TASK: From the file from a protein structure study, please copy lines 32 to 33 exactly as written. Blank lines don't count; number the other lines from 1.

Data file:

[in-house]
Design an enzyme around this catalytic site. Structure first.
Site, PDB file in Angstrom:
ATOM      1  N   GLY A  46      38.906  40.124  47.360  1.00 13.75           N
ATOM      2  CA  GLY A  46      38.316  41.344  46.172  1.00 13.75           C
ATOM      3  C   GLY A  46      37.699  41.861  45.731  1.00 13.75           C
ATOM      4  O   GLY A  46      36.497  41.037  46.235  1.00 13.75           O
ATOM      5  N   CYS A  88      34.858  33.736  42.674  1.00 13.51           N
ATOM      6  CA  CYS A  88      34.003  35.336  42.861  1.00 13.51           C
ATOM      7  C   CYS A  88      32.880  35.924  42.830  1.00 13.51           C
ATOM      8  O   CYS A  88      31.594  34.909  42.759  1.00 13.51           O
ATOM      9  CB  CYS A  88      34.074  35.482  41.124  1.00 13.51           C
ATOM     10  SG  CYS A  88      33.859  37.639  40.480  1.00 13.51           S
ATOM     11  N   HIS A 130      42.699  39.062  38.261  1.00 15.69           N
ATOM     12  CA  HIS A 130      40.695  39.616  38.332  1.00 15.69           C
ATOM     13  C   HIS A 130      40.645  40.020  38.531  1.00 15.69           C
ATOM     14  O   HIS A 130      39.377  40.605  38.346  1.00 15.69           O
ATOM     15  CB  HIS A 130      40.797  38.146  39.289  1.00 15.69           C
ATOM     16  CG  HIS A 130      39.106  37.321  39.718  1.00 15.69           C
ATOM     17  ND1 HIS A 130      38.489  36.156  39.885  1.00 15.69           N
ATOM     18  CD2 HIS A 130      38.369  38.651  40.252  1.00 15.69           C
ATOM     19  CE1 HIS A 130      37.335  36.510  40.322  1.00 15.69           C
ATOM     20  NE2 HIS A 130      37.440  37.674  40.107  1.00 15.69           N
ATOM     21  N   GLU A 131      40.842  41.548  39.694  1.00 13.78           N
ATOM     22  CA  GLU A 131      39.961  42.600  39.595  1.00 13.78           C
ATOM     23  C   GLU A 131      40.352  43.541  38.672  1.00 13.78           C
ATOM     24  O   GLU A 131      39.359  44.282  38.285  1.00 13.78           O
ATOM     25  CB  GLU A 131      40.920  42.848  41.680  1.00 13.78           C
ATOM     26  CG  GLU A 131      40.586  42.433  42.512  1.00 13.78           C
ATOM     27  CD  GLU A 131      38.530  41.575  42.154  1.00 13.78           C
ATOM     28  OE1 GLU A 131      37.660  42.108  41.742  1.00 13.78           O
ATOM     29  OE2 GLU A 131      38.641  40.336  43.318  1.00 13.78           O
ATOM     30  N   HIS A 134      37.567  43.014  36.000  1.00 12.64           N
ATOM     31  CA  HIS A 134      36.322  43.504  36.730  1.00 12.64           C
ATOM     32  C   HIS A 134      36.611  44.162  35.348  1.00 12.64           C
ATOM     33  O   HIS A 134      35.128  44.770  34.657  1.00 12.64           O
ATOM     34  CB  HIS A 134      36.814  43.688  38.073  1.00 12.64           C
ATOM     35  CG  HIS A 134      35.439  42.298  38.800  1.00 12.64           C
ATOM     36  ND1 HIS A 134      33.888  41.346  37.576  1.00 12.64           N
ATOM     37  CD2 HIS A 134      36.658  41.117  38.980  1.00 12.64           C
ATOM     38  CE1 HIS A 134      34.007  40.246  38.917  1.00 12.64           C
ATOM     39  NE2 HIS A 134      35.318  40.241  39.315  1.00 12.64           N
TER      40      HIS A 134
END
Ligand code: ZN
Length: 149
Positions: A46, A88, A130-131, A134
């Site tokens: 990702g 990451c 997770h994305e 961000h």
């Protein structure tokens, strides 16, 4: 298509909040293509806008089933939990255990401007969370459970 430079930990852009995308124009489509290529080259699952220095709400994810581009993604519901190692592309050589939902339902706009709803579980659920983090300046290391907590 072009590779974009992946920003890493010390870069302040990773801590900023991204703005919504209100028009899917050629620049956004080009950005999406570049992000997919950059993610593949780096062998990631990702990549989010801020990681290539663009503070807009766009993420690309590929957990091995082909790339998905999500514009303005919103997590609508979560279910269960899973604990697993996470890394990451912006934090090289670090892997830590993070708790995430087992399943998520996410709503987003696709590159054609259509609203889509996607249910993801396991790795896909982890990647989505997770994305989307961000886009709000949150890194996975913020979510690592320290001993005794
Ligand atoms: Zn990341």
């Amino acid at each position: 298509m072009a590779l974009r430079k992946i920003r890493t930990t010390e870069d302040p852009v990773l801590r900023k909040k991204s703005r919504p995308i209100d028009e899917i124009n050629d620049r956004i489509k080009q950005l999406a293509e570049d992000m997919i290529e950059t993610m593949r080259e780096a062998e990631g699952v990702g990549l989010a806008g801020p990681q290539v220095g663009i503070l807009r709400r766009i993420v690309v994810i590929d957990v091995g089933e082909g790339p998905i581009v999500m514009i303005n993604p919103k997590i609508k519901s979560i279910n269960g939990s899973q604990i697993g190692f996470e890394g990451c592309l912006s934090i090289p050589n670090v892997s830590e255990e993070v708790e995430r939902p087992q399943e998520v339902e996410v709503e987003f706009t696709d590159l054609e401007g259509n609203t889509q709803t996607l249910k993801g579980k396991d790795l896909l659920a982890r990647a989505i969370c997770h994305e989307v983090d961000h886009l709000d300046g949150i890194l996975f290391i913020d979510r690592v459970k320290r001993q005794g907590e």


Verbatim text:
ATOM     29  OE2 GLU A 131      38.641  40.336  43.318  1.00 13.78           O
ATOM     30  N   HIS A 134      37.567  43.014  36.000  1.00 12.64           N